New rules will reduce available finance for female and unrepresented founders, government warned

New rules will reduce available finance for female and unrepresented founders, government warned
Dan Martin
Dan MartinDan Martin Content & Events

Posted: Thu 25th Jan 2024

A government redefinition of 'high net worth individuals' has been described as "flawed" with the potential to reduce the number of angel investors, particularly women and ethnic minority groups.

New rules will be introduced on 31 January that change the criteria to qualify as a 'high net worth Individual' from an annual income of £100,000 and a net assets value of £250,000, to an annual income of £170,000 and net assets valued at £430,000.

But several entrepreneurs, investors and business groups say the changes will negatively impact the availability of finance for start-ups with female and unrepresented entrepreneurs the hardest hit.

'Huge reduction in...women able to invest in start-ups'

In an article on, Roxane Sanguinetti and David Fogel from angel investment network Alma Angels said due to the number of women earning the amount used in the new definition of high net worth individuals, there will be "a huge reduction in the number of women able to invest in start-ups on the basis of income".

They warned that the impact will be felt across the UK with a 90% decline in women who could angel invest in Wales, and a 100% decrease in the North East of England and Northern Ireland.

Alma Angels is one of nine organisations which organised an open letter to chancellor Jeremy Hunt calling for the rule change to not go ahead. Describing the threshold increases as "a huge error", the letter said:

"Underrepresented founders already have a harder time accessing capital. As female-led angel groups and others have warned, the changes will squeeze out more women and ethnic minority angels. We know these investors are more likely to back companies overlooked by others.

"This means female entrepreneurs, diverse founders and companies outside London will find it even harder to raise the funding they need."

British Business Bank figures show that all-female founded businesses in the UK got only 2% of equity investment during 2022, a figure that has not improved since 2011.

The letter, which has been signed by more than 900 people including Enterprise Nation founder Emma Jones, also said the changes will mean that "angel investing risks becoming an elite-only activity, undoing huge amounts of good work to address this gap".

The other groups behind the letter are UKBAA, Extend Ventures, The Entrepreneurs Network, Angel Academe, Enterprise Alumni, Angel Investing School and EISA.

A few hours after the letter was sent to the government, Dom Hallas, founder of Startup Coalition, said in an email:

"Treasury ministers have been in touch with us to set up a meeting to find a way forward - and I'm hopeful we can find a solution. 

"We'll be sitting down with them along with some of our friends in the ecosystem very shortly."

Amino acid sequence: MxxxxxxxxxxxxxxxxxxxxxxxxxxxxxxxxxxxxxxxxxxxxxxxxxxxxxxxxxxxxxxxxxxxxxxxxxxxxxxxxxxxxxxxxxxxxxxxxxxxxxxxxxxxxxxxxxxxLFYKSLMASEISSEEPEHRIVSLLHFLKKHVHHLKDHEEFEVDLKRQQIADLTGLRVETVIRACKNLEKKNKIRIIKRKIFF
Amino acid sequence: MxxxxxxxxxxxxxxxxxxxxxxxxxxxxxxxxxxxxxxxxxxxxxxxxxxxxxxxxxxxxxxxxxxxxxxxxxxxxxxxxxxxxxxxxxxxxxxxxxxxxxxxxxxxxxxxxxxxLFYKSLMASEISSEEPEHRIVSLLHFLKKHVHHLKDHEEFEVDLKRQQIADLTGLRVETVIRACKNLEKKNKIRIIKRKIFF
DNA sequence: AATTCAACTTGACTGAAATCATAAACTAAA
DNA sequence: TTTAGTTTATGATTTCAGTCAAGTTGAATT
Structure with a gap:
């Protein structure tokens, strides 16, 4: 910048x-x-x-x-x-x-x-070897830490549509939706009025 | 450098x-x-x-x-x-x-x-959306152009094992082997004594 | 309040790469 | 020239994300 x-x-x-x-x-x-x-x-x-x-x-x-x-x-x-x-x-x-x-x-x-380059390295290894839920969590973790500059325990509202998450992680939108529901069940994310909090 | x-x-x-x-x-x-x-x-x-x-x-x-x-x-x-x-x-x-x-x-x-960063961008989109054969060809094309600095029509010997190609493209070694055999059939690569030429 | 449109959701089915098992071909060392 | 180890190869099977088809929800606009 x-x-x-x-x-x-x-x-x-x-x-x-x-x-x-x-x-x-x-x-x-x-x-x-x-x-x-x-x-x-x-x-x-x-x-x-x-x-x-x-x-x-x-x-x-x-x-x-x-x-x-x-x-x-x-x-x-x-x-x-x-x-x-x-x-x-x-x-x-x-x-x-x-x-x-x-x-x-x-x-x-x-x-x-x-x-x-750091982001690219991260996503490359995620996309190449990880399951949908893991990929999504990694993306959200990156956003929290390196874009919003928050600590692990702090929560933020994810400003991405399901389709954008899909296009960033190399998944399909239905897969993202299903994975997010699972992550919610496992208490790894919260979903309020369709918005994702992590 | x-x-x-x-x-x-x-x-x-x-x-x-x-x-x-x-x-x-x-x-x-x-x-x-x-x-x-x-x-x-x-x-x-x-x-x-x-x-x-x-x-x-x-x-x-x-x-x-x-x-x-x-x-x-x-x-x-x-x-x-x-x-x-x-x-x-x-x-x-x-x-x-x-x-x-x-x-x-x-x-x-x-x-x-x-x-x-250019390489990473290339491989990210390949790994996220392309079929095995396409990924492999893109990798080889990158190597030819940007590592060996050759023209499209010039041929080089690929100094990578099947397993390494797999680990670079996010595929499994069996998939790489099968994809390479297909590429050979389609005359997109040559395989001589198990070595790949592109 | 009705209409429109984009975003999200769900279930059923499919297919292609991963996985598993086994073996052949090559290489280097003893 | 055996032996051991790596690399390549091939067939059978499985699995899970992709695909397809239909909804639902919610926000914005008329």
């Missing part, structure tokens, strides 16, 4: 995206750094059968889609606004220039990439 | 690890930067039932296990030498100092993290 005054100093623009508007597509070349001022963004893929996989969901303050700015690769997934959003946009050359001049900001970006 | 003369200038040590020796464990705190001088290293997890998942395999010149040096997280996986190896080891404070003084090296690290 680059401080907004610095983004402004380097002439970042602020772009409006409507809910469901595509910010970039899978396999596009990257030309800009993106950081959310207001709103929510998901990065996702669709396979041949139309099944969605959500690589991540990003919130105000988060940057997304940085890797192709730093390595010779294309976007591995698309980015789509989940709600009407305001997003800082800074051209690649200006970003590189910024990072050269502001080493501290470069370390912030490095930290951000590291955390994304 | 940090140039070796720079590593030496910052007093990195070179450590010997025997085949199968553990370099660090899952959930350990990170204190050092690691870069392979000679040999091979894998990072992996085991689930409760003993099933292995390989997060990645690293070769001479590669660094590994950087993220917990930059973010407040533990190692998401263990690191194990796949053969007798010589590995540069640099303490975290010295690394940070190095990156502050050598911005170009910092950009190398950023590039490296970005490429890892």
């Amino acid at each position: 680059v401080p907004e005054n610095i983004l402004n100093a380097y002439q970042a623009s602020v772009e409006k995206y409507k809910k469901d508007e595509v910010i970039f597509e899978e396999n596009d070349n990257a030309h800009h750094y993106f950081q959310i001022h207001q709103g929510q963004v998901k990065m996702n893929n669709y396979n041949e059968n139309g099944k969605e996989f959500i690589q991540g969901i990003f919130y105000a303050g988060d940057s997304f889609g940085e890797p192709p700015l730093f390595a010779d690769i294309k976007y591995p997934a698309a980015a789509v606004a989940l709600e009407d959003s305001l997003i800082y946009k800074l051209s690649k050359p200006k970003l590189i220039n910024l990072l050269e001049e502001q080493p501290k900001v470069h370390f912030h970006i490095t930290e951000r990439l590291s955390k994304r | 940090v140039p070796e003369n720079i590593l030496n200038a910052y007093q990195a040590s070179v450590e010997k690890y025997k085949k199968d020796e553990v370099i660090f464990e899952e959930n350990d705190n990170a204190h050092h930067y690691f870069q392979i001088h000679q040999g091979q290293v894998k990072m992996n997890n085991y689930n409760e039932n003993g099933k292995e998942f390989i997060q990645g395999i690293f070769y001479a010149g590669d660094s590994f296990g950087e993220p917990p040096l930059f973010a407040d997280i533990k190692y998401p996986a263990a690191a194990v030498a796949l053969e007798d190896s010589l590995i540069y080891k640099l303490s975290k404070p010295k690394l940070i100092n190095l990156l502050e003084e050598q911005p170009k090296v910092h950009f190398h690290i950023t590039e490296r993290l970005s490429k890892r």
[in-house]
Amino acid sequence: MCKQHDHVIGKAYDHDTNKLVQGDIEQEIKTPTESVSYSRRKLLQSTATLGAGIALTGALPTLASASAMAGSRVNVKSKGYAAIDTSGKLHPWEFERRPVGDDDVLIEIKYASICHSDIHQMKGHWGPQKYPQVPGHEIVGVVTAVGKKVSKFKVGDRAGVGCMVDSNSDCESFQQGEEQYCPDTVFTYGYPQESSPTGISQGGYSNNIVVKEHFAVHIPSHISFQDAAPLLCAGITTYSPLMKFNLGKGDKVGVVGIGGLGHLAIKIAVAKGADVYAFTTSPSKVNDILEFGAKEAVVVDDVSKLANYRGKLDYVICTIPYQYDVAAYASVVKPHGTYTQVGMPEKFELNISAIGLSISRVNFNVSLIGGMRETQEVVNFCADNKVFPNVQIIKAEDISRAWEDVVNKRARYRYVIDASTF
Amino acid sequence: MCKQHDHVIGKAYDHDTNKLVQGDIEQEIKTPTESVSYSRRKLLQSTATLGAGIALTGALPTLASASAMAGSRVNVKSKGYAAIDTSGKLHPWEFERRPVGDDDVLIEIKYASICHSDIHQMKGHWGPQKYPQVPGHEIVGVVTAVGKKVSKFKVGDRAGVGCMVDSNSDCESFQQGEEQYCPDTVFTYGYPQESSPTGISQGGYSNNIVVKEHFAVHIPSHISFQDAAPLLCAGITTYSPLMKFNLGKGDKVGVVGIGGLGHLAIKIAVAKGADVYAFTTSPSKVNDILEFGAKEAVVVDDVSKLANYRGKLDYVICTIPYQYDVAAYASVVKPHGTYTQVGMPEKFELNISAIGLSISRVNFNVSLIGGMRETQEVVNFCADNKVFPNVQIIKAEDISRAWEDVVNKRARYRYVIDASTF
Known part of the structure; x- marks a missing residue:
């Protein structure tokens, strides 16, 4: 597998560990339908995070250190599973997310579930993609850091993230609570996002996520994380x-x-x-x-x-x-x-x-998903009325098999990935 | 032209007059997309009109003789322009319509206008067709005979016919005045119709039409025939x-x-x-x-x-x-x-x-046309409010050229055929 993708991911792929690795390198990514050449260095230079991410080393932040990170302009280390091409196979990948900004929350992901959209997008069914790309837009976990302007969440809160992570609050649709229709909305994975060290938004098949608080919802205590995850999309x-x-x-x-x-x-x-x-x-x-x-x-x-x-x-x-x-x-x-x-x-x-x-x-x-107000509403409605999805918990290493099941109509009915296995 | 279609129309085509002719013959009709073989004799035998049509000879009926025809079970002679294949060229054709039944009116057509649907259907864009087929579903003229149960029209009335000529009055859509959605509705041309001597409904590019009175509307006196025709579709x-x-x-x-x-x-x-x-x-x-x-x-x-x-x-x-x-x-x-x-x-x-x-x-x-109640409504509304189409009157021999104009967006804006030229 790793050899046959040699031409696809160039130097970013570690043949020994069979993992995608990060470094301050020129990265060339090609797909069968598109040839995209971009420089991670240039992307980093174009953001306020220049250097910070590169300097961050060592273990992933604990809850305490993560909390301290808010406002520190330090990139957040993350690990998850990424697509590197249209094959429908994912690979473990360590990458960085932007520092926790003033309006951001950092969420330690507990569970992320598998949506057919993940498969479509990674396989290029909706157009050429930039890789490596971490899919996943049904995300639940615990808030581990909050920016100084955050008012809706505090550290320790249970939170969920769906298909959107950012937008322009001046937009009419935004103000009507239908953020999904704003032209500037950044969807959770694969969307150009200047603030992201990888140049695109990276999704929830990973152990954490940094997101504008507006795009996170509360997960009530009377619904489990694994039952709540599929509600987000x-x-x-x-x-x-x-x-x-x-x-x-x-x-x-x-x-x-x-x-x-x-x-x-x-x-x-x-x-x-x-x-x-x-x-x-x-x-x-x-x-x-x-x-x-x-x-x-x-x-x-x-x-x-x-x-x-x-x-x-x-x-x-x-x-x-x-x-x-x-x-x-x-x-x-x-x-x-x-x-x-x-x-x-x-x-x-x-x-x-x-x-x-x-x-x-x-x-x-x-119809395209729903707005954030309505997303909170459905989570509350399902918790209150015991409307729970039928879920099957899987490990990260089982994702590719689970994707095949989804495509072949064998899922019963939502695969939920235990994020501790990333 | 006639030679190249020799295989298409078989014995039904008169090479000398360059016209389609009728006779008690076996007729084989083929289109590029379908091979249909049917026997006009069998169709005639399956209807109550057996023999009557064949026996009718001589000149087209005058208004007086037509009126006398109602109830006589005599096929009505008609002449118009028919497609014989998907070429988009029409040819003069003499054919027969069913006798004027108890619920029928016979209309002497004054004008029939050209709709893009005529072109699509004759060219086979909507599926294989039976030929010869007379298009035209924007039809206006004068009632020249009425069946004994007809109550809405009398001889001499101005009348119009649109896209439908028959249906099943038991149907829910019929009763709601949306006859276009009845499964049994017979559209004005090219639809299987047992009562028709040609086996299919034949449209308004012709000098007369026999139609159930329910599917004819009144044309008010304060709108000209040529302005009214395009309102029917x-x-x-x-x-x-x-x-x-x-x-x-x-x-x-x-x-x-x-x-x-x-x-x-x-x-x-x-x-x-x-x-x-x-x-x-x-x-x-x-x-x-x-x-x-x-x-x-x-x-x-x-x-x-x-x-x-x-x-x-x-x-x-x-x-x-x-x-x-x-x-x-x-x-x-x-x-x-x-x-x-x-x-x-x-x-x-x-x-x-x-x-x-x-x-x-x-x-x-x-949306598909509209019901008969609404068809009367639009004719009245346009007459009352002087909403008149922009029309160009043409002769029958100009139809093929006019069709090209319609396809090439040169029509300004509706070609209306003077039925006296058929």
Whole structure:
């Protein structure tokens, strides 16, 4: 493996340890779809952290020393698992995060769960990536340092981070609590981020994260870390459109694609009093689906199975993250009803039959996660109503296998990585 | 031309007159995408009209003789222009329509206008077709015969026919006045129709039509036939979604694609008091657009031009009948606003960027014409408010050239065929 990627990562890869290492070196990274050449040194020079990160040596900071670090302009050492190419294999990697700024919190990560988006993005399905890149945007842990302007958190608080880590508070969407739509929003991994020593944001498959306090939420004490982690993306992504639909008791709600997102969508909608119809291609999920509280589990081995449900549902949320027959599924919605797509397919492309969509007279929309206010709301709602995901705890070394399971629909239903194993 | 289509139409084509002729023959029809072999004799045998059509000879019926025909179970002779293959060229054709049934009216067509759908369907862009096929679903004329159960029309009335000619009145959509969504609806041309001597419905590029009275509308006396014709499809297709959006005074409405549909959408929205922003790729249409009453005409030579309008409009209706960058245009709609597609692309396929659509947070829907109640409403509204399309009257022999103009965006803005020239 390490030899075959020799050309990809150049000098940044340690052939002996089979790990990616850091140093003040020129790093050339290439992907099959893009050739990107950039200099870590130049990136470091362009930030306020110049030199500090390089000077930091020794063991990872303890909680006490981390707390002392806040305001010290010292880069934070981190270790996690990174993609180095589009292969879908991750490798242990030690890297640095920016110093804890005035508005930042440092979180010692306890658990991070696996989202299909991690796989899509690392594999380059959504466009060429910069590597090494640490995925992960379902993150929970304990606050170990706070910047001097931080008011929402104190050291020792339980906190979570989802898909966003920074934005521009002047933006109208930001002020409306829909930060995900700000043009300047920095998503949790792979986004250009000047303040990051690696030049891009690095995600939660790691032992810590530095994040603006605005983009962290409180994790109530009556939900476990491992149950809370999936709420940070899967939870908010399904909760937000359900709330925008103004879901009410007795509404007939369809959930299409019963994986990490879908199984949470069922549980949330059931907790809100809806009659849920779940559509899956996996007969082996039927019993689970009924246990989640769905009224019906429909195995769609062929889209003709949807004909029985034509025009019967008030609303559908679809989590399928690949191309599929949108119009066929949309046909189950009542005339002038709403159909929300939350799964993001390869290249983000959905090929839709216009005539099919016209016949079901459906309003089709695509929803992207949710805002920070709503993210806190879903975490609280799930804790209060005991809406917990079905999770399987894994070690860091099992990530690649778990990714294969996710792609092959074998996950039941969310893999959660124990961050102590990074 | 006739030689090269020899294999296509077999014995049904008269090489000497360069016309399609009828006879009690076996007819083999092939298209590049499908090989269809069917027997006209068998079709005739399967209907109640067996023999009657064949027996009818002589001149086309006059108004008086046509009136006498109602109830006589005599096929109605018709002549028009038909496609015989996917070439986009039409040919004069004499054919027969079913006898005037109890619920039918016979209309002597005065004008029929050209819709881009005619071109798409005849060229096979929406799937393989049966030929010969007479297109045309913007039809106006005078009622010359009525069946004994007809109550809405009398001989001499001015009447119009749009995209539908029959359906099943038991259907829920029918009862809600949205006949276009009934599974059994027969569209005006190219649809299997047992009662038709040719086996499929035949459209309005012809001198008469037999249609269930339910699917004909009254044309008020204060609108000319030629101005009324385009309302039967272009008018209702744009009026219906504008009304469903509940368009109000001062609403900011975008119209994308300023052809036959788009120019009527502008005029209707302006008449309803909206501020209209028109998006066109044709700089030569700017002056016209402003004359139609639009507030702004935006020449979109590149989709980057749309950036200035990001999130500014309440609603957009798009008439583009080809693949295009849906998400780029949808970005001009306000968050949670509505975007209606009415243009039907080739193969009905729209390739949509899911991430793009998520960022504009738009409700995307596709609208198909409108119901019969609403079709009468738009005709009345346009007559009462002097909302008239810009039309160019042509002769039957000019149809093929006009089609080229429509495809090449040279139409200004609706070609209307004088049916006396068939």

A separate petition has been launched by investor Becky Lodge. She said:

"As a female investor and an active advocate of a community of female and minority investors, I understand first-hand the importance of diversity in funding networks. It is often us, women and minorities, who fund businesses led by women and minorities.

"However, with less than 3% of angel and venture capital investments being awarded to women in the UK, it's clear that we are far from achieving equal representation.

"The proposed changes to raise angel investment thresholds will only exacerbate this issue. These changes will disproportionately affect female angels' ability to access funding networks, hindering progress towards more diverse business landscapes."

A spokesperson for the Treasury told The Times that the threshold increase was necessary:

"Where someone doesn't meet this financial threshold, they can still qualify as a 'sophisticated investor' if they have been a member of a network of business angels for more than six months.

"This will support the continued broadening of angel network participation, including among less represented groups."

Relevant resources

Dan Martin
Dan MartinDan Martin Content & Events
I'm a freelance journalist and event host who helps small businesses and the organisations that support them. I'm also Enterprise Nation's news reporter and Bristol Local Leader. I have 20 years of experience as a small business journalist having interviewed hundreds of entrepreneurs from famous names like Sir Richard Branson and Deborah Meaden to the founders behind brand new start-ups. I've worked for a range of leading small business publications and support groups, most recently as head of content at Enterprise Nation where I was responsible for the prolific output of content on the company's blog and social media. I now freelance for Enterprise Nation as the website's news reporter and as the host of the Small Business sessions podcast. I'm based in Bristol where I run and host regular events with the local small business community in my role as Enterprise Nation's Local Leader for Bristol. I also have strong connections with other major business organisations in the south west region. In total, I've hosted over 100 events including conferences with an audience of hundreds for international brands like Xero and Facebook and live web chats from inside 10 Downing Street. With my partner, I co-run Lifestyle District, a lifestyle blog focused on culture, art, theatre and photography.

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